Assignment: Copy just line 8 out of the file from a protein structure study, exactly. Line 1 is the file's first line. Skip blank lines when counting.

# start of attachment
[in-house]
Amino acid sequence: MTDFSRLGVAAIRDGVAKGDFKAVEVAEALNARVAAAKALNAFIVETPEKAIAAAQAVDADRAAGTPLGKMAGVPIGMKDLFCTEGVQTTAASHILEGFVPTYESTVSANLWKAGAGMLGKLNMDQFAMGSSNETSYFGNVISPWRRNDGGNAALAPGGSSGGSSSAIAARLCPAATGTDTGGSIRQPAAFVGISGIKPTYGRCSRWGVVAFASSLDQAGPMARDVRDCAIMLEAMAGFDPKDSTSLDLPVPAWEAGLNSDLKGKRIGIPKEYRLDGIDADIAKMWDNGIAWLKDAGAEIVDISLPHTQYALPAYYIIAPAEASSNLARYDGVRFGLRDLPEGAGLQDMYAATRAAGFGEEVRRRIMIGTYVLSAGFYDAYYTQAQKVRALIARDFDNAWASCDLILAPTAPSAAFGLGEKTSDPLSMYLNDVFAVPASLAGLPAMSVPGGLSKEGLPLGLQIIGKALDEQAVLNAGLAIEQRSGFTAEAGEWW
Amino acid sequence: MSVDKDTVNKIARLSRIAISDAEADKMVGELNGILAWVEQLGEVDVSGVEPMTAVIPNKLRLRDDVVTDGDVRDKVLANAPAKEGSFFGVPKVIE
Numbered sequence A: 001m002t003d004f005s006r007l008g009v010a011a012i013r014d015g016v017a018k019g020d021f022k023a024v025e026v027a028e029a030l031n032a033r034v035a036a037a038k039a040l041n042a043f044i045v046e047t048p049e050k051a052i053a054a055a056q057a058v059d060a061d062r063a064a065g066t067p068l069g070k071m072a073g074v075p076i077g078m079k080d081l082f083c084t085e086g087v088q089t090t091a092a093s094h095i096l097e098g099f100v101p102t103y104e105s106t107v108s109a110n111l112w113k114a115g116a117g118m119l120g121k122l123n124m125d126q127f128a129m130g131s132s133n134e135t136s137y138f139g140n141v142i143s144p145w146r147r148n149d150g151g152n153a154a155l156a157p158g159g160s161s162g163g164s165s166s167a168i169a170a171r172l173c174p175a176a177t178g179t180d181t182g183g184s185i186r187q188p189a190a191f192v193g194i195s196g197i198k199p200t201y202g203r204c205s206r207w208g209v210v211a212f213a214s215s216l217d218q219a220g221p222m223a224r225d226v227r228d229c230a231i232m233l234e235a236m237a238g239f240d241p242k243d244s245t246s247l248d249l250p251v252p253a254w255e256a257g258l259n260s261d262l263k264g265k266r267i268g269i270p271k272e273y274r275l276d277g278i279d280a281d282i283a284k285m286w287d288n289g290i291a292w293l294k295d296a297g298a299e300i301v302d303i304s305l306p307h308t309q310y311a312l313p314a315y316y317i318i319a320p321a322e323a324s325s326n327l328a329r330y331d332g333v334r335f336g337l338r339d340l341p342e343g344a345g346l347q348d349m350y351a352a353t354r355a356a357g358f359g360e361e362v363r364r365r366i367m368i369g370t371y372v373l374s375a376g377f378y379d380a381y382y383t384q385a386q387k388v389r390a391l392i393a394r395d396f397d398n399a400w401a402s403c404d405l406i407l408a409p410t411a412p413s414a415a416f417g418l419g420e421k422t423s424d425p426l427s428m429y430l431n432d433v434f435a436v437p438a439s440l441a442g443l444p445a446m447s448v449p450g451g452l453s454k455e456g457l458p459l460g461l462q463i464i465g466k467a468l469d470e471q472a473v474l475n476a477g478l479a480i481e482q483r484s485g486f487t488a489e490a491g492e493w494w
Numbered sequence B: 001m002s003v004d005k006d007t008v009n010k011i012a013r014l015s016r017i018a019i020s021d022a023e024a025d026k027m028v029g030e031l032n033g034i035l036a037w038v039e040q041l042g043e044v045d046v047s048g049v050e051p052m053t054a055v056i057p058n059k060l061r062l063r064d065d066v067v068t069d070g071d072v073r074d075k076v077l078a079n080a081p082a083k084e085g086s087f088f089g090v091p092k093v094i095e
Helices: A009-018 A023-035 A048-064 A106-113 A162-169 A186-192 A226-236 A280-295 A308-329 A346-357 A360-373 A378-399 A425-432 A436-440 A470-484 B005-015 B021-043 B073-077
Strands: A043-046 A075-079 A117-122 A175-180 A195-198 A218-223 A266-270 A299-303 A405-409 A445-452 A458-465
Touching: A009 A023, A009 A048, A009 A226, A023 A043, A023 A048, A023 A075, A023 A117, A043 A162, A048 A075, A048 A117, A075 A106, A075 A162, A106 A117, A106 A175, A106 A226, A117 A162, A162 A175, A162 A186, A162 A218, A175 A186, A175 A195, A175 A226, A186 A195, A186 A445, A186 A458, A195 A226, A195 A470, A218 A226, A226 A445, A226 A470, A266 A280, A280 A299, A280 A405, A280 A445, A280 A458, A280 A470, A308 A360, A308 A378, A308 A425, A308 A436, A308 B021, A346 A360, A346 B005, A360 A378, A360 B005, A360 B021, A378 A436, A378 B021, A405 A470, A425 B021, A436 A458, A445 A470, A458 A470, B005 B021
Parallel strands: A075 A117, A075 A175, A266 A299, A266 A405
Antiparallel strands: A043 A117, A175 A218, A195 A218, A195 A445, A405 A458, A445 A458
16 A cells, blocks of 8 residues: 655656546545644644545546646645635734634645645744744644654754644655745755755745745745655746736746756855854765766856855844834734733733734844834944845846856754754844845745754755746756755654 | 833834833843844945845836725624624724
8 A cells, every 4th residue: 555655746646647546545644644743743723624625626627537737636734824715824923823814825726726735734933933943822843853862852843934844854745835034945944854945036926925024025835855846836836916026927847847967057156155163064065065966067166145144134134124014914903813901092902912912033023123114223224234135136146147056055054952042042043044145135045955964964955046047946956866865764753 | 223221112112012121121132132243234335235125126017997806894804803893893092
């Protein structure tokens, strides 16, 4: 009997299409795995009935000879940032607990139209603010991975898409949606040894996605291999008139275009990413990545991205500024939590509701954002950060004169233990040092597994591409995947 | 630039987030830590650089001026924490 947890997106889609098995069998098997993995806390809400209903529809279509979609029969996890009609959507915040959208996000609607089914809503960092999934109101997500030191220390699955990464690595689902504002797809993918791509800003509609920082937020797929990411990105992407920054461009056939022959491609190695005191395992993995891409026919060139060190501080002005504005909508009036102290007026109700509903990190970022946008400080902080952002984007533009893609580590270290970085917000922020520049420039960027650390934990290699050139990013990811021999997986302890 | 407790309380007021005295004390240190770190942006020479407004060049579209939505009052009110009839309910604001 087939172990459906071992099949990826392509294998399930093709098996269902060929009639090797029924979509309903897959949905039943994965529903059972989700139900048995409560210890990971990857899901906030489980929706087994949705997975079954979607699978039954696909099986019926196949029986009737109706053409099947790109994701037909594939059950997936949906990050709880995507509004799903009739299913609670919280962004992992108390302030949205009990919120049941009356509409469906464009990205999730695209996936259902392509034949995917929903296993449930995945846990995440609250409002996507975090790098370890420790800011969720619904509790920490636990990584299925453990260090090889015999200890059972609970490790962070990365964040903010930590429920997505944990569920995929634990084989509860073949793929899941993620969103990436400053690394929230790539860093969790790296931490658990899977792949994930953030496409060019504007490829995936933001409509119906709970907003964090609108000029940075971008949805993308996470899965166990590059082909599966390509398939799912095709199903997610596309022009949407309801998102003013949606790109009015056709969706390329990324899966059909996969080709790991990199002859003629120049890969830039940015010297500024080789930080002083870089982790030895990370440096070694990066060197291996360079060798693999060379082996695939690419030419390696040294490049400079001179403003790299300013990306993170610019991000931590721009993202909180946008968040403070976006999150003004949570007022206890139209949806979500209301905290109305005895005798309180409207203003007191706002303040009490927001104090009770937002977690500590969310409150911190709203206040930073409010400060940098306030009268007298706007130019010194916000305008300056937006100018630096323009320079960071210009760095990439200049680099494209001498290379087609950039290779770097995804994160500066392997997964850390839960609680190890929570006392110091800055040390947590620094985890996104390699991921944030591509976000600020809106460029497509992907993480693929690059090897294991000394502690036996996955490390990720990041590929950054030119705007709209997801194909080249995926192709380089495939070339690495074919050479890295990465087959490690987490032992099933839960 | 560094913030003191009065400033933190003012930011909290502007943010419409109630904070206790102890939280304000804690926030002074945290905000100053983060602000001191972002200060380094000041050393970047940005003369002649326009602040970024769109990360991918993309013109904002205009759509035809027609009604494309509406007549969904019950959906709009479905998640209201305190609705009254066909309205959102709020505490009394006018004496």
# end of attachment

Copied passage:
Touching: A009 A023, A009 A048, A009 A226, A023 A043, A023 A048, A023 A075, A023 A117, A043 A162, A048 A075, A048 A117, A075 A106, A075 A162, A106 A117, A106 A175, A106 A226, A117 A162, A162 A175, A162 A186, A162 A218, A175 A186, A175 A195, A175 A226, A186 A195, A186 A445, A186 A458, A195 A226, A195 A470, A218 A226, A226 A445, A226 A470, A266 A280, A280 A299, A280 A405, A280 A445, A280 A458, A280 A470, A308 A360, A308 A378, A308 A425, A308 A436, A308 B021, A346 A360, A346 B005, A360 A378, A360 B005, A360 B021, A378 A436, A378 B021, A405 A470, A425 B021, A436 A458, A445 A470, A458 A470, B005 B021